Germany's Gabriel warns Turkey against 'blackmail' over Incirlik base
Germany's foreign minister has said Berlin may pull its troops out of a base in Turkey if lawmakers aren't allowed to visit. The latest spat comes as two Turkish generals reportedly applied for asylum in Frankfurt.
German Foreign Minister Sigmar Gabriel sharply criticized Turkey's decision to block a parliamentary delegation from visiting Bundeswehr soldiers stationed at Turkey's Incirlik base in an interview on Wednesday.
If "the German parliament is to be blackmailed, then the limit of tolerance has been reached," Gabriel told German newspaper the Neue Osnabrücker Zeitung.
"I can only hope that the Turkish government will change its mind in the coming days," he said. "Otherwise, the German Bundestag will certainly not leave soldiers in Turkey."
Gabriel noted that if cooperative work is no longer possible out of Incirlik, including members of parliament visiting soldiers on the base, "then we have to consider alternatives."
Possible move to Jordan
On Monday, Turkish authorities blocked a delegation of German lawmakers from accessing the southern Turkish air base. The parliamentarians were attempting to visit the 250 Bundeswehr soldiers stationed there as part of the US-led coalition fighting the militant "Islamic State" (IS) group.
German news magazine Der Spiegel reported that the Defense Ministry was already scoping alternatives to the Incirlik base in Jordan, Kuwait and Cyprus.
Jordan is reportedly the top choice for an alternative base, with the magazine reporting that Defense Minister Ursula von der Leyen will personally inspect the site in Jordan this weekend.
Although Berlin is already hunting for an alternate base, Major Rayk Hähnlein, a defense expert at the German Foundation for International and Security Affairs (SWP), told DW that such a move would also have strategic downsides.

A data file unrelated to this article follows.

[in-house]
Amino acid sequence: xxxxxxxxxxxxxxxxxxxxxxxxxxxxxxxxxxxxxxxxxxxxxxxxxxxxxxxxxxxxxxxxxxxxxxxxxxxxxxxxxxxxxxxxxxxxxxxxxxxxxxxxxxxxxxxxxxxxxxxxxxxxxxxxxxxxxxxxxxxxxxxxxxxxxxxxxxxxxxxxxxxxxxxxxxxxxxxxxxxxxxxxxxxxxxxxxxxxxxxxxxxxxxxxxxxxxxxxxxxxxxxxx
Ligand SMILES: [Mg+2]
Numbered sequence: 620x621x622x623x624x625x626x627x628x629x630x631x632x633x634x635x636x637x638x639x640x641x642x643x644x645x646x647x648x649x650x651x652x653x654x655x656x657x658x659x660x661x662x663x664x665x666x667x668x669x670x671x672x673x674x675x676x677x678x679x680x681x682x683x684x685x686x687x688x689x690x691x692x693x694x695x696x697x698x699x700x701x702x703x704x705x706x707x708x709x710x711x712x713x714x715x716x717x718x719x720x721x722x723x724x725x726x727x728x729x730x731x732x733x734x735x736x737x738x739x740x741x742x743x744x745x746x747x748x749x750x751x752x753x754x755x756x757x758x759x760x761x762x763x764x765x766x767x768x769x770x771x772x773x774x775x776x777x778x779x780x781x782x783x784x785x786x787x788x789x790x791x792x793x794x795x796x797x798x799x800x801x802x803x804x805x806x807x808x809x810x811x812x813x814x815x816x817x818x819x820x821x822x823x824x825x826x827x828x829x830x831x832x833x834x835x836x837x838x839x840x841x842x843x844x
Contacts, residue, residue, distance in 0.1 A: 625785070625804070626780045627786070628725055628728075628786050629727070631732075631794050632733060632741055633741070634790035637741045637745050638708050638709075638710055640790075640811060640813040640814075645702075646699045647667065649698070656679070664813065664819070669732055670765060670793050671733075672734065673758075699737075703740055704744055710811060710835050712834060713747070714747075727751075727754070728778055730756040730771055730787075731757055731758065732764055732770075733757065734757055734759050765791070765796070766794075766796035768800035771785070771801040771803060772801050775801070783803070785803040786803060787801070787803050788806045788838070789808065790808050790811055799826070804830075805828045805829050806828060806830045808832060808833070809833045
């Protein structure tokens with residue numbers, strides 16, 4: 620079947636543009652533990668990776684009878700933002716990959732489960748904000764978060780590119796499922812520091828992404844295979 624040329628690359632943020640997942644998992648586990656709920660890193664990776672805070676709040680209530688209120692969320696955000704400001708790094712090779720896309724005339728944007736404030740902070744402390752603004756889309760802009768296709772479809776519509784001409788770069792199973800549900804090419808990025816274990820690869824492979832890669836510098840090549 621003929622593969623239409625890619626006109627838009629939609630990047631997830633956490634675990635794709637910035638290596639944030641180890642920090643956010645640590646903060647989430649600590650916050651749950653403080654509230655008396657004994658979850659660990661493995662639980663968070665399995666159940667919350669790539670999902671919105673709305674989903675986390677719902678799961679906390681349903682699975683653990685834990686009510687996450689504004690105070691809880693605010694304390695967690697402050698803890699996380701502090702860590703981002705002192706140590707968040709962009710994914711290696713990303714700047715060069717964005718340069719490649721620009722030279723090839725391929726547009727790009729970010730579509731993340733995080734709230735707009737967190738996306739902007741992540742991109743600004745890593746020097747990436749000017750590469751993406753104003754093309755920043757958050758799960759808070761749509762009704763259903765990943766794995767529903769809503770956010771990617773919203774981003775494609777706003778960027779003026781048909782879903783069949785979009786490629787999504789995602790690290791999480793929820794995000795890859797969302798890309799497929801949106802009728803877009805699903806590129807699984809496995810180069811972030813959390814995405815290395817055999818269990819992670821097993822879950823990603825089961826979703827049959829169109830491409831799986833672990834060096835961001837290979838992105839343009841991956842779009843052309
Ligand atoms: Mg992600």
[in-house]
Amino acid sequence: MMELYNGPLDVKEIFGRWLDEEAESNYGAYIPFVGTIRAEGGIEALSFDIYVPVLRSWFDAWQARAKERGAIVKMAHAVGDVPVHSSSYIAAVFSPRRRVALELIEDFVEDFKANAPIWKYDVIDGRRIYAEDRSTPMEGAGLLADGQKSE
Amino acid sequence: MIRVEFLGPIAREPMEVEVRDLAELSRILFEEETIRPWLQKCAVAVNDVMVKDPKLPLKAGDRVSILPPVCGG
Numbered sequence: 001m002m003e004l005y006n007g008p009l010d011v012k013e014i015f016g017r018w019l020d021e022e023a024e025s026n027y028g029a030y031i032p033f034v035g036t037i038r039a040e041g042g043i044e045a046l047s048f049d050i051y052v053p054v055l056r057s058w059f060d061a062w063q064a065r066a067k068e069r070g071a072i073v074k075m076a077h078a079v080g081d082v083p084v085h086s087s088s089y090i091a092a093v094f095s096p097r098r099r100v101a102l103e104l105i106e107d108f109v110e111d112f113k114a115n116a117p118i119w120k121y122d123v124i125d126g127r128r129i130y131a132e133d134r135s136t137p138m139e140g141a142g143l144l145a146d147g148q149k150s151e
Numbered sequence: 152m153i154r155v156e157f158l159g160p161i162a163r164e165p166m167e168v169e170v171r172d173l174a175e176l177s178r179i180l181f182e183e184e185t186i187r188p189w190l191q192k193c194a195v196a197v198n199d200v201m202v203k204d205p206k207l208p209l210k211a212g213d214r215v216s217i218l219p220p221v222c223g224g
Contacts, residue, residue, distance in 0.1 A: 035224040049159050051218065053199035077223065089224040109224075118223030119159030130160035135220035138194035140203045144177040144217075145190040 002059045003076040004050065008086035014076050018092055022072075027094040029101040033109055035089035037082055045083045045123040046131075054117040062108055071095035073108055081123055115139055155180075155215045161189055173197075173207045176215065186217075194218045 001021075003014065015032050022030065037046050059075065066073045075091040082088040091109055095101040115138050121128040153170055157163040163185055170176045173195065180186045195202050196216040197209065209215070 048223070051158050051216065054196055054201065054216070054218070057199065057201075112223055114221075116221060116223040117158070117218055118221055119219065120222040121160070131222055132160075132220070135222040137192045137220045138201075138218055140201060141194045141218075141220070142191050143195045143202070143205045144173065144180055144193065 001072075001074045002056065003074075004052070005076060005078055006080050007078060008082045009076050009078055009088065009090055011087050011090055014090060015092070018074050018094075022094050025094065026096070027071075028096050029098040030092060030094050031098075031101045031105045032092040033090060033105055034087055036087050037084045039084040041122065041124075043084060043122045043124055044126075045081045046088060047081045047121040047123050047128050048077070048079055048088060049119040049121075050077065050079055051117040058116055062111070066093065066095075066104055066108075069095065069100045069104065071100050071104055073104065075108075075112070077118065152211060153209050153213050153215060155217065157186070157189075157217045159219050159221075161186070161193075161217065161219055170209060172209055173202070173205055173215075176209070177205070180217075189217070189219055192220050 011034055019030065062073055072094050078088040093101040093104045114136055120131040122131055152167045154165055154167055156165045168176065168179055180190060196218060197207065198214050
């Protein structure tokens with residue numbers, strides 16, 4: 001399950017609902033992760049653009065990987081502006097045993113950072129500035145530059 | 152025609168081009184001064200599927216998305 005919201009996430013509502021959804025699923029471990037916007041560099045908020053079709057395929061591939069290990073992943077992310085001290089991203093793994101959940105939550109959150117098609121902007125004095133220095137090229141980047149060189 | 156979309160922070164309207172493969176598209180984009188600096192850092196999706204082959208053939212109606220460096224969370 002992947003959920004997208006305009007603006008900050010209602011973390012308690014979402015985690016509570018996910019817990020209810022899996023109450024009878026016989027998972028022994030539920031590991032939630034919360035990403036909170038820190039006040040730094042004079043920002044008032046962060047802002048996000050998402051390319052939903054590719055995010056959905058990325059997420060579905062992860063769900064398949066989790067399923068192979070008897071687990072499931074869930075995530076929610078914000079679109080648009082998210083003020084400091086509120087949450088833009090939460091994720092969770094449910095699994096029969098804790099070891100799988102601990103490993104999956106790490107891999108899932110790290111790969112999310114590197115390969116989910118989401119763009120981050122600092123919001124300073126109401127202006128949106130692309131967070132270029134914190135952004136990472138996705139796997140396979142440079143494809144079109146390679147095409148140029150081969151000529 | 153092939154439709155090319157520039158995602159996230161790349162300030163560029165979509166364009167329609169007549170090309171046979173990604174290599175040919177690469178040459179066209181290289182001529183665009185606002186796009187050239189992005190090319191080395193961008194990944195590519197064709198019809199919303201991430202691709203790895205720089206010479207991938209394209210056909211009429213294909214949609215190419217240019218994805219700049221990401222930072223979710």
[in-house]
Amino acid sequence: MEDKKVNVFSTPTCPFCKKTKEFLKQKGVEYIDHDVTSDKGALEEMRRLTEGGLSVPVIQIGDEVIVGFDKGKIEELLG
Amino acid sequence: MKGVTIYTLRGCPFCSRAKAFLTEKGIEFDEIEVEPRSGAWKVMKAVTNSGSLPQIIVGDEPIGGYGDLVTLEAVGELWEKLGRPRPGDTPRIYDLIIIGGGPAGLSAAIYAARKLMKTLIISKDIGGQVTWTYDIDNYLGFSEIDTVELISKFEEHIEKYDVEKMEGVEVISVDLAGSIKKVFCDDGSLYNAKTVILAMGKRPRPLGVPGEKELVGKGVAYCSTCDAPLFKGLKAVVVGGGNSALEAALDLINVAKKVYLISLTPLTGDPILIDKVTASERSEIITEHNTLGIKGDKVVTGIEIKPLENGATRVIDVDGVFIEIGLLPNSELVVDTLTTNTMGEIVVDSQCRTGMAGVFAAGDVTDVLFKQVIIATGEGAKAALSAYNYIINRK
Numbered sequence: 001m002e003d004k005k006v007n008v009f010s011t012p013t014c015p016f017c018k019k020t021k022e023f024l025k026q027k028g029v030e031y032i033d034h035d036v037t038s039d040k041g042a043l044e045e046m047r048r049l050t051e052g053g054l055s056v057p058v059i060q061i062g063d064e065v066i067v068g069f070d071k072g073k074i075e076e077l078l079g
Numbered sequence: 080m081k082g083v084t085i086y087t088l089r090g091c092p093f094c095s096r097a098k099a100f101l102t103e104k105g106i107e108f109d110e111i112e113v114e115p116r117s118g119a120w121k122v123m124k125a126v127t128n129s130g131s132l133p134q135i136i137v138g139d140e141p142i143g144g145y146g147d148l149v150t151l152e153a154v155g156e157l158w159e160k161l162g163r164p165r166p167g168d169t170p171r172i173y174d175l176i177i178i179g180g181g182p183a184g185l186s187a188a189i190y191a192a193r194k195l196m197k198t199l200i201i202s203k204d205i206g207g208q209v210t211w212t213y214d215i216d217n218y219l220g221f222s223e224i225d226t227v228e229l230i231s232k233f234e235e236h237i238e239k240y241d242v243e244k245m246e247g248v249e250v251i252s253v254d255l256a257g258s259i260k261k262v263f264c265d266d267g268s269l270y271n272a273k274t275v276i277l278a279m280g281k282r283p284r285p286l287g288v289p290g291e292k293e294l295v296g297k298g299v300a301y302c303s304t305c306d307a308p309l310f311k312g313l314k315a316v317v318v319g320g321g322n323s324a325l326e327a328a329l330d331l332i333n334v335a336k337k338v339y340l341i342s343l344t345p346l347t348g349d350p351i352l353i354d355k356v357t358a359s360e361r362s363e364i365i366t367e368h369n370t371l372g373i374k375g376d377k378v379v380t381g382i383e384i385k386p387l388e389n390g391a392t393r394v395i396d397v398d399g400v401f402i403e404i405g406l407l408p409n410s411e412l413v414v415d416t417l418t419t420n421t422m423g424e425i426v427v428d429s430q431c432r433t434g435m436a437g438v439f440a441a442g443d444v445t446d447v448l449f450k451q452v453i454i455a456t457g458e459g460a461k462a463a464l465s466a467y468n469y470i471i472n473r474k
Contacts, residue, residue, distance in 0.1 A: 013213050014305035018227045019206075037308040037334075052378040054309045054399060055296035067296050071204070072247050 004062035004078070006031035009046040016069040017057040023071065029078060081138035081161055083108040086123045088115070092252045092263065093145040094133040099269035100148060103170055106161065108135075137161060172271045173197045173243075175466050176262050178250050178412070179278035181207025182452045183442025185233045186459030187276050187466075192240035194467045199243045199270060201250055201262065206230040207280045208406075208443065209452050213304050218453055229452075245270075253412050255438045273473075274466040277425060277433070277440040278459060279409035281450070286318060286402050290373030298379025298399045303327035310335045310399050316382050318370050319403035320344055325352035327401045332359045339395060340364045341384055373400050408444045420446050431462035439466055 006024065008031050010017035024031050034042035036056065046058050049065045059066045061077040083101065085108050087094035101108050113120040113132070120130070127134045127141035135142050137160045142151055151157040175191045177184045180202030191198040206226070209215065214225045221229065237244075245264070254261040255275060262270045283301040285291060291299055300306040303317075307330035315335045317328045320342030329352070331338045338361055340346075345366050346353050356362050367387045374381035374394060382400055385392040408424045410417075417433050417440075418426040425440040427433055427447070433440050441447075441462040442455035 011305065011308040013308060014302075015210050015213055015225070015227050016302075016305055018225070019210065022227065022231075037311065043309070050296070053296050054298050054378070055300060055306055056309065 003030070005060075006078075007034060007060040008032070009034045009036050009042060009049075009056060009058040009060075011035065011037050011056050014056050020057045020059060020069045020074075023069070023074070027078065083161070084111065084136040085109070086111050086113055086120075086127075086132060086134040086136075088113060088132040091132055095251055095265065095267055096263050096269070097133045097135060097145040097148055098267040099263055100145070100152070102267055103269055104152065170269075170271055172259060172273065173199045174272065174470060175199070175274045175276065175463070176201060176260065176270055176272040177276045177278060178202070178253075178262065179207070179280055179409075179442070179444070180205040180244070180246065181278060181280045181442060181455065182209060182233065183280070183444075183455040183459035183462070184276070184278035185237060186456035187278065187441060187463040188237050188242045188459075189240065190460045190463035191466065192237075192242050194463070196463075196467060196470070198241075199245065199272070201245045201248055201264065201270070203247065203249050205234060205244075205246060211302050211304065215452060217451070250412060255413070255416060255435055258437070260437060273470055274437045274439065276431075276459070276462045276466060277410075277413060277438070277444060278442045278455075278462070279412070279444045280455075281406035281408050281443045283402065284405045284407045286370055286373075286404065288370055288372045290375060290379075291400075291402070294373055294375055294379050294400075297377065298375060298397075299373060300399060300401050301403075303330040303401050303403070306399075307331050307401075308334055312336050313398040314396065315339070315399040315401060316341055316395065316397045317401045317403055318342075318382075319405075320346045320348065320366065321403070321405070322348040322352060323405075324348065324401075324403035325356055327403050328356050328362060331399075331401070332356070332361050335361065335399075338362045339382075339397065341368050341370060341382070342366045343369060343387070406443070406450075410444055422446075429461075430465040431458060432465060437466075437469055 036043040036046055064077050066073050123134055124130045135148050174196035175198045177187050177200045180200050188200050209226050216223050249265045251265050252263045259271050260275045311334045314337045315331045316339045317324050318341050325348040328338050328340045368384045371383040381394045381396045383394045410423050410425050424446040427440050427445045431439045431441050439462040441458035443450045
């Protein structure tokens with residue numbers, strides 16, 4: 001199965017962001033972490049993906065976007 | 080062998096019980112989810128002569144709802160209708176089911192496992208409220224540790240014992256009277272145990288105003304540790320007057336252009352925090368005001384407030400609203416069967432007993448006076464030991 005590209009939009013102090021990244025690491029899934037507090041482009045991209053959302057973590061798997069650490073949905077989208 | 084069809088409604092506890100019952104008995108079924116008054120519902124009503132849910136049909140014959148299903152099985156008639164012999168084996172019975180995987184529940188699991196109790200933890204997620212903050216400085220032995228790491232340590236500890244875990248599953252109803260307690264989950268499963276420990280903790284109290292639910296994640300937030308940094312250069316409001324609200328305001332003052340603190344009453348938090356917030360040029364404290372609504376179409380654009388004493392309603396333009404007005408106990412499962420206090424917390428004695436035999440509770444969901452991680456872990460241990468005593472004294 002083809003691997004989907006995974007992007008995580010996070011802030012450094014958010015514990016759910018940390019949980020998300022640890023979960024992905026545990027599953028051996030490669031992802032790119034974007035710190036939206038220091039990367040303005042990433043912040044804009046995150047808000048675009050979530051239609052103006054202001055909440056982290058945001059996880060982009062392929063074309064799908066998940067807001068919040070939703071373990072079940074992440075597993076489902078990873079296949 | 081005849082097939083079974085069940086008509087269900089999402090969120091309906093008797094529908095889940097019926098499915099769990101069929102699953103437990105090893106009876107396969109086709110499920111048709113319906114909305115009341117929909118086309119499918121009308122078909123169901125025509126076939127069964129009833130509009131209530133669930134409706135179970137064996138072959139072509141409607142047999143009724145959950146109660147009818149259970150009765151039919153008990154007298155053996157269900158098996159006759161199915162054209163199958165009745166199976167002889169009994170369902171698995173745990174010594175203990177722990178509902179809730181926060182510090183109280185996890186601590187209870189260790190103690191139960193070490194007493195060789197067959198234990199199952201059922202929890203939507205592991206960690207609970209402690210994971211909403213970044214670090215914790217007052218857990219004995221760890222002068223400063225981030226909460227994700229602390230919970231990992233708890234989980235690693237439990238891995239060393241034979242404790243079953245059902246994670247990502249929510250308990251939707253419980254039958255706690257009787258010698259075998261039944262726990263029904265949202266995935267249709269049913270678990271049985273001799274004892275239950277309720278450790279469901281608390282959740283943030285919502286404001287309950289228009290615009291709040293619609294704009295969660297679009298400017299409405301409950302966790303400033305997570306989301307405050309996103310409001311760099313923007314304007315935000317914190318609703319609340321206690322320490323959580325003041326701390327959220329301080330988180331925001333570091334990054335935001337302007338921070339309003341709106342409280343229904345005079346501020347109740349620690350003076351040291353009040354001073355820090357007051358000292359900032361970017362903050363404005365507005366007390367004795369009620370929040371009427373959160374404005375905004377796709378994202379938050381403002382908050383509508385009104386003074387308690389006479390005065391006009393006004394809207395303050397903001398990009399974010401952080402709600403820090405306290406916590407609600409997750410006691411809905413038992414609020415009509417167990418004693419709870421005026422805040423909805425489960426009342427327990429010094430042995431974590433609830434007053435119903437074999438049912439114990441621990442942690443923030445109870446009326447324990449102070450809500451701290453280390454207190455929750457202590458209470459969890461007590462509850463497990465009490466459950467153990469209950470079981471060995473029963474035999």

"In Incirlik, we use the rescue chain on site, which was provided by the US. The States provide support with ramp space, storage space, hangers and also fuel," Hähnlein said.
He added that German troops also collaborate with forces operating out of Incirlik with transporting materials and personnel.
"These are all things that wouldn't be available at a new location."
Turkish generals apply for asylum
The latest move to block members of the Bundestag, the lower house of German parliament, from visiting the air base was ostensibly a response to the German government's decision last week to grant asylum to Turkish military personnel.
The German newspaper Bild reported late on Tuesday night that two more high-ranking members of Turkey's military applied for asylum at the international airport in Frankfurt.
According to Bild, the two men were Turkish generals who were involved in last July's failed military coup.
On Tuesday, Turkish Prime Minister Binali Yildirim told his party members that Berlin's decision to accept the asylum applications is "a significant development in the regression of our relations again."
Yildirim said that Germany had to choose between groups Turkey deems terror organizations or strengthening ties with Ankara.
Relations between Germany and Turkey have grown increasingly strained over the last few months and took a nosedive during Turkey's referendum campaign on expanding President Recep Tayyip Erdogan's powers. Turkish ministers who were campaigning for the "yes" vote were later barred from holding rallies in Germany.
Last year, Ankara blocked German parliamentarians from visiting the Incirlik airbase after the Bundestag passed a resolution declaring the 1915 massacre of Armenians by Ottoman forces as a "genocide."
rs/sms (AFP, dpa, Reuters)